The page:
My second trip to South Africa was an assault to the senses of the best kind. So vividly I recall the colours, textures, sights, sounds, the fragrance of everything - evoking beautiful memories from years before. Albeit, no two journeys are ever the same or could be compared, but I as with my last visit, I spent the days with my head in a cloud. South Africa, as if from my dreams, is home to the most dramatic scenery and breath-taking coastlines and the most amazing and unique encounters with wildlife.
We journeyed across the southern coast of the country, from Durban to Cape Town, sleeping under the stars and uncovering the diverse land and fascinating culture of the rainbow nation. An adrenaline filled ten days, which had me feeling less of a 30-year-old and more into my heart – as if seeing the world all over again with a child-like bewilderment and curiosity for everything surrounding me.
South Africa fills me with a deep sense of happiness that I’ve found very few places in the world.
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DAY ONE: DURBAN
Arriving in Durban mid-morning, we had the chance to wander the seafront promenade of this eastern costal city known for its beaches and African-Indian culture. Followed by a traditional dinner and getting to know my new travel buddies (Brinkley, Nicola, Jorden, Sam, Olly & Kate, Nardia, Bella + Liza) we settled in for an early night in attempts to fight off the jet-lag, for what promised to be the expedition of a lifetime.
DAY TWO: DURBAN TO CHINTSA
Rising before dawn we were told to buckle, as we set off on a 10-hour bus ride through the heartland of Xhosa people.
I believe travel gives you the opportunity to learn about new cultures, ideas and values and the opportunity to explore places both internally and externally; some of my best ideas and revelations have come to me whilst staring out the window of a moving vehicle watching the world blur by.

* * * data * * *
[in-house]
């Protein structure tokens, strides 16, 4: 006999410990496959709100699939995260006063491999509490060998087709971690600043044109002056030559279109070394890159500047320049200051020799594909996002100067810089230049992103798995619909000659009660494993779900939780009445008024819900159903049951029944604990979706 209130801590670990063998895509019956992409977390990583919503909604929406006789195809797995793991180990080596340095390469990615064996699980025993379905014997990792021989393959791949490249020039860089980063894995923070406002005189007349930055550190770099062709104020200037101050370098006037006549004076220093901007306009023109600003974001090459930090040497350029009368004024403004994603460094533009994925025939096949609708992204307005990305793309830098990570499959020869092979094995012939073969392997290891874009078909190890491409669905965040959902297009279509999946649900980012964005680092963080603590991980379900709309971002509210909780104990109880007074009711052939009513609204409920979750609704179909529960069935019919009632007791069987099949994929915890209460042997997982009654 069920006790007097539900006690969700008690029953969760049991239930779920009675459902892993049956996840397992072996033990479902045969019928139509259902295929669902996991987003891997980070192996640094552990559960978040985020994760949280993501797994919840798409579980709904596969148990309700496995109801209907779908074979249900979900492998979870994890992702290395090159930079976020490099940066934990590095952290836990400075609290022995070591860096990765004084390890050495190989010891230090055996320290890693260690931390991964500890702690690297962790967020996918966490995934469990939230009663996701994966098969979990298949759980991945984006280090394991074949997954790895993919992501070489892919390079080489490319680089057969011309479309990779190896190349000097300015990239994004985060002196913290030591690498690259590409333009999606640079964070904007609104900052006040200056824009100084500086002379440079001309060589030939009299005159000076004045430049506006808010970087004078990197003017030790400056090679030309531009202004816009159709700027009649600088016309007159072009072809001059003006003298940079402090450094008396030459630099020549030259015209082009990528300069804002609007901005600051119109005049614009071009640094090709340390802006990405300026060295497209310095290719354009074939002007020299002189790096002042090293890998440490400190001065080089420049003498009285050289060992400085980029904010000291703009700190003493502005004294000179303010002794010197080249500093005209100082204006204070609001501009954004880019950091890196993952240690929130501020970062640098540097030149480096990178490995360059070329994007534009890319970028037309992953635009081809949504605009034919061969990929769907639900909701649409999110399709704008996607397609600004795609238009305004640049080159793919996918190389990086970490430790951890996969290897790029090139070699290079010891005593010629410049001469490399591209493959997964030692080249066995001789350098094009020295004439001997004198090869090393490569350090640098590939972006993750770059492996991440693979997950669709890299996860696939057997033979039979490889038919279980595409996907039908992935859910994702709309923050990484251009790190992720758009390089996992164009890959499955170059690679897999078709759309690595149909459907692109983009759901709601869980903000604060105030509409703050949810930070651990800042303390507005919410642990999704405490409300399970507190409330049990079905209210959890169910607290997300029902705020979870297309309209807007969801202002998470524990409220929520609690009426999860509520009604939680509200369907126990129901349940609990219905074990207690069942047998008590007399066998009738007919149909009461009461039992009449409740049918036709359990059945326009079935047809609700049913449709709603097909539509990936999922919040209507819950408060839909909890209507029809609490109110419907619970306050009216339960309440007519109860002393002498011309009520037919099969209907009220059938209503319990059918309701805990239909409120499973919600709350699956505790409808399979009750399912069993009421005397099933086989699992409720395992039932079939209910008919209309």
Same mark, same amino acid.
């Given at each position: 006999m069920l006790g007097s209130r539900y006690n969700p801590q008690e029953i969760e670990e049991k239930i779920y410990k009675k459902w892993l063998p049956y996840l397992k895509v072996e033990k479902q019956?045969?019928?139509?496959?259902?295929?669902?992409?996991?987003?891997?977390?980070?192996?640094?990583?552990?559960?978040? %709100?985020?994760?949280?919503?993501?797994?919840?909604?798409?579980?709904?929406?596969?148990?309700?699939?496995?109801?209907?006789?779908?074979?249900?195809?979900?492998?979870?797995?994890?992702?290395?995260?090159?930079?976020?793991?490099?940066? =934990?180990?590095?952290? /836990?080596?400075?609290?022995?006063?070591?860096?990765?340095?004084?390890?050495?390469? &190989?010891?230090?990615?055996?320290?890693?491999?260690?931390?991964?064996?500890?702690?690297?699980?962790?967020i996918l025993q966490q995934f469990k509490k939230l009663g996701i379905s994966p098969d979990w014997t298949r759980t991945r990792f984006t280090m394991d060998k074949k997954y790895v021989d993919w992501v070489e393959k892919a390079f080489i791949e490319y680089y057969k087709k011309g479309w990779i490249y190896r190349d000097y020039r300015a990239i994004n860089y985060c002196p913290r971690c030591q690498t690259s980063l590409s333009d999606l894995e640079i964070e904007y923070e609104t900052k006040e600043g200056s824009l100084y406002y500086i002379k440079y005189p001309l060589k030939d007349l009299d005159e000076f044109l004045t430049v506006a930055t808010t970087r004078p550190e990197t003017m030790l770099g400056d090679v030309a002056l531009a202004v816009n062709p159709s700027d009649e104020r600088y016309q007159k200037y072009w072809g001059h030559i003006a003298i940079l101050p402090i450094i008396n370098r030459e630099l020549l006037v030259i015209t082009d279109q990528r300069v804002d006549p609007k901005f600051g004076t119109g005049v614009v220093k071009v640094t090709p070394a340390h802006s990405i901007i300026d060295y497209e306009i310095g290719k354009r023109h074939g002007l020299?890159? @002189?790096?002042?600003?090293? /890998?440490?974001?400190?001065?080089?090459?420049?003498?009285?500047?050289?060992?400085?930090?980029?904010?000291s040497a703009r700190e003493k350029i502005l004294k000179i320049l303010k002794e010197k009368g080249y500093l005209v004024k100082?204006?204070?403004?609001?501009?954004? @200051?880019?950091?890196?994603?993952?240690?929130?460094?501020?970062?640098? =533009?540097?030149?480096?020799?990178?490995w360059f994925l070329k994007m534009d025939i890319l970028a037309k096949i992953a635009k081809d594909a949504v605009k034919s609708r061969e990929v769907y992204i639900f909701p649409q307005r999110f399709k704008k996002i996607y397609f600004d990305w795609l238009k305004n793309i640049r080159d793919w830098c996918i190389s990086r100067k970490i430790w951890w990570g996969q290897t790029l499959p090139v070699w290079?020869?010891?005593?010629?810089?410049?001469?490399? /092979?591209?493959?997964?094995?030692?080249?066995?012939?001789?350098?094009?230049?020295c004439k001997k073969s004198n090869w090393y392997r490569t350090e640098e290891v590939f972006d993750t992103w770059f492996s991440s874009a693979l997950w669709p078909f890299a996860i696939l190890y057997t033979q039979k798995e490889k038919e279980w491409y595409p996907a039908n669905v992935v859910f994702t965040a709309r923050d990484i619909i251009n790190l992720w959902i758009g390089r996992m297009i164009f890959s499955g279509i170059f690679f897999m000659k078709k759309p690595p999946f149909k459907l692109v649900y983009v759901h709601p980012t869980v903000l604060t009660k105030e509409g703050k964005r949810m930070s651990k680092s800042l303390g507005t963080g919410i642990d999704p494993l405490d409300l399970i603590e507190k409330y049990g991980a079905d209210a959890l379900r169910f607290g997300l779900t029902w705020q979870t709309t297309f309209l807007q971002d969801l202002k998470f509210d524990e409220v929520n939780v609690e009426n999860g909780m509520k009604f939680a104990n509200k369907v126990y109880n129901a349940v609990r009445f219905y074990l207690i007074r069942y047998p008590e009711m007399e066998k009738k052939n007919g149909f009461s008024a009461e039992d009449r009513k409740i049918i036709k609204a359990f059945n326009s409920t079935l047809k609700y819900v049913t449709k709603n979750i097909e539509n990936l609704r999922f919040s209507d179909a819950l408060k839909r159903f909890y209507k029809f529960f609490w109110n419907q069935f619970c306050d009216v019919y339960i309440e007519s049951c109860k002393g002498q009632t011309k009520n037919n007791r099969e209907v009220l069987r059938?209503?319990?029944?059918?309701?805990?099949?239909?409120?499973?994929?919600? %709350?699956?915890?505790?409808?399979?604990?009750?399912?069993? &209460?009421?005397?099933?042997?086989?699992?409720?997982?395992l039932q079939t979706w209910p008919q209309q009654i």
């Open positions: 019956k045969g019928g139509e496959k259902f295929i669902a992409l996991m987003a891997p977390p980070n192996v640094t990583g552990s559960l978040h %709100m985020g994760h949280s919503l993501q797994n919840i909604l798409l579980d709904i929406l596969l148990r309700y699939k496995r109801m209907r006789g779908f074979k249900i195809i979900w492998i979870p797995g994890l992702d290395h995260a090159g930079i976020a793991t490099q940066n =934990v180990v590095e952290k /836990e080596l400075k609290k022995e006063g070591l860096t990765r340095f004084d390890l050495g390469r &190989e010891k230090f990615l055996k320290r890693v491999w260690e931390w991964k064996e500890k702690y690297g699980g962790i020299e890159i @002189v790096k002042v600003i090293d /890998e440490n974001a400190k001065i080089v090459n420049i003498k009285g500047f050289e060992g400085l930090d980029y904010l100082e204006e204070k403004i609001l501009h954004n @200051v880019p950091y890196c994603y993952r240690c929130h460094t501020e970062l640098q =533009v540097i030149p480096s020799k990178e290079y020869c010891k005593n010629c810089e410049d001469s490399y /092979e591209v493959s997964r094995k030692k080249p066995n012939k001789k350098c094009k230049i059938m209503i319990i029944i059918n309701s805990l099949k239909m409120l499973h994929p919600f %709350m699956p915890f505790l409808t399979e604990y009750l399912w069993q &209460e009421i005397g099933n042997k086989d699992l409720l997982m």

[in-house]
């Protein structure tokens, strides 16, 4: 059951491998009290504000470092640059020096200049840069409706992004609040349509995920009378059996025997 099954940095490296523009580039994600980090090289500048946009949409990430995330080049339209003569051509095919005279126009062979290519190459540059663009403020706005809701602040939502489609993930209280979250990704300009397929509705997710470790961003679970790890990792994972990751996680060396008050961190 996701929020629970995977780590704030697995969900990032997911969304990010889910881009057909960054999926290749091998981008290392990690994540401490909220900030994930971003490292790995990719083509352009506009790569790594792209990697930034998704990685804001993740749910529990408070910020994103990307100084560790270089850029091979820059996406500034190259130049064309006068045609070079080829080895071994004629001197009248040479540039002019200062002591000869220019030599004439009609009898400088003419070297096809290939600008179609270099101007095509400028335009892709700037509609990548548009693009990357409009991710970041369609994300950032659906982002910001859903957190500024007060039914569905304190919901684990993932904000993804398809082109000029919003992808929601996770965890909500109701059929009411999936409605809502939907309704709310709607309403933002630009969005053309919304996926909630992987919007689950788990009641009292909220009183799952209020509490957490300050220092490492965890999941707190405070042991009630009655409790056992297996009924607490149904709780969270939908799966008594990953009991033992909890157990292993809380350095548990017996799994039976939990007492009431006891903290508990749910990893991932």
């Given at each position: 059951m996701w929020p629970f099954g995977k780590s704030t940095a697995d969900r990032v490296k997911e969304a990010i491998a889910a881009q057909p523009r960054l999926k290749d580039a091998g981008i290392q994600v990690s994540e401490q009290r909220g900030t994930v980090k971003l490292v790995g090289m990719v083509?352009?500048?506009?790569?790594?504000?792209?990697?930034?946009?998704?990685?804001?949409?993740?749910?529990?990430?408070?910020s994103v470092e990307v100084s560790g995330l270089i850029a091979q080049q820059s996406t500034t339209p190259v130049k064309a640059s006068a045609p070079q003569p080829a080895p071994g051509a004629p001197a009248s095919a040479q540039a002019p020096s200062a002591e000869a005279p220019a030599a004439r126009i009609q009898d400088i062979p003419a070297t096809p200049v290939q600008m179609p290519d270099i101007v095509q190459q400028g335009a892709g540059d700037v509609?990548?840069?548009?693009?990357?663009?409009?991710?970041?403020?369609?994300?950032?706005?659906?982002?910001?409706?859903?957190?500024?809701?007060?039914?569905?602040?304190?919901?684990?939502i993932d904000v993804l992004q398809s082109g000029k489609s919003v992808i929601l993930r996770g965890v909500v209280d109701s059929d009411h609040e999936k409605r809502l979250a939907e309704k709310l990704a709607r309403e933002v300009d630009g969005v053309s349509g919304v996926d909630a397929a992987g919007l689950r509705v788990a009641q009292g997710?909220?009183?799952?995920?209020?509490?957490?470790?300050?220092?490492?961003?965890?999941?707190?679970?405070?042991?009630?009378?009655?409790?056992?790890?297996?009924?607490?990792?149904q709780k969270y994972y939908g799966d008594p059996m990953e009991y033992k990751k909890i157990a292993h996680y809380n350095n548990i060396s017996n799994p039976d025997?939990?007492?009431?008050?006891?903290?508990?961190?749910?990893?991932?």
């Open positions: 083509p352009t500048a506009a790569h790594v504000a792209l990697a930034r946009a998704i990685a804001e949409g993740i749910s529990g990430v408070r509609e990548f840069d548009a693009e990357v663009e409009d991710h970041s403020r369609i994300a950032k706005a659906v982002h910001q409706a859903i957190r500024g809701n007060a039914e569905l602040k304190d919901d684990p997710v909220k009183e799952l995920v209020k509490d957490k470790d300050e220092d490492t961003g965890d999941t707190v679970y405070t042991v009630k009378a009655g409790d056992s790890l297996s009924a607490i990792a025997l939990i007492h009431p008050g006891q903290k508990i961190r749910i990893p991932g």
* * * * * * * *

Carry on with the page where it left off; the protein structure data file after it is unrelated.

Leaving in the dark, meant that we arrived in Chintsa mid-afternoon and although we had been sitting in one vehicle for majority of the day, we couldn’t wait to switch out for another more exciting one – as we set off on a sunset Safari through Inkwezkwezi Private Game Reserve.
The time we spent at Inkwezkwezi felt as though it could have been plucked from my wildest dreams.
It is a life-changing and humbling experience to sit in collective silence, observing African animals in a natural environment. We shared encounters that put us mere metres away and in complete, over-whelming awe of two of the ‘Big Five’ African animals (white rhinos and lions). Moments that left me speechless and even now as I sit to write this, I am unable to find the words to accurately describe the feelings accompanying the simultaneous-sensations of my eyes instantly filling with tears (of happiness), my skin covered in goosebumps and my heart seemingly wanting to burst right through my chest.
This was my second safari experience in South Africa and forth in Africa yet being in the presence of these majestic wild animals leaves me speechless every single time.
It has always been important to me to align with companies (like G Adventures) who share the same ethos and passion for the environment and all beings. Inkwezkwezi Private Game Reserve aims to minimise negative social or environmental impact, aid the local people and conserve fragile cultures and habitats of species, through positive tourism and in a private reserve where the animals are protected from cruel captivity trades, canned hunting and trophy hunting.
We were guided with passionate rangers, whom carefully manage a high animal welfare standard and we learned how we can all work together to save this wildness and the wilderness while we still have it on earth.
Around the world, there is a great deal of variation in attitudes towards animal welfare in tourism, which is why G Adventures has adopted guidelines (which are endorsed by Jane Goodall developed by the Association of British Travel Agents (ABTA) in conjunction with the international charity organisation Born Free Foundation; whose mission it is to protect vulnerable animals from abuse. I’ve stated many times before that conservation starts with education and education can begin with a single conversation. I truly believe the amazing thing about photography (and art a-like) is that it can be that conversation starter, either by creating an emotional response and connection or by widening understanding.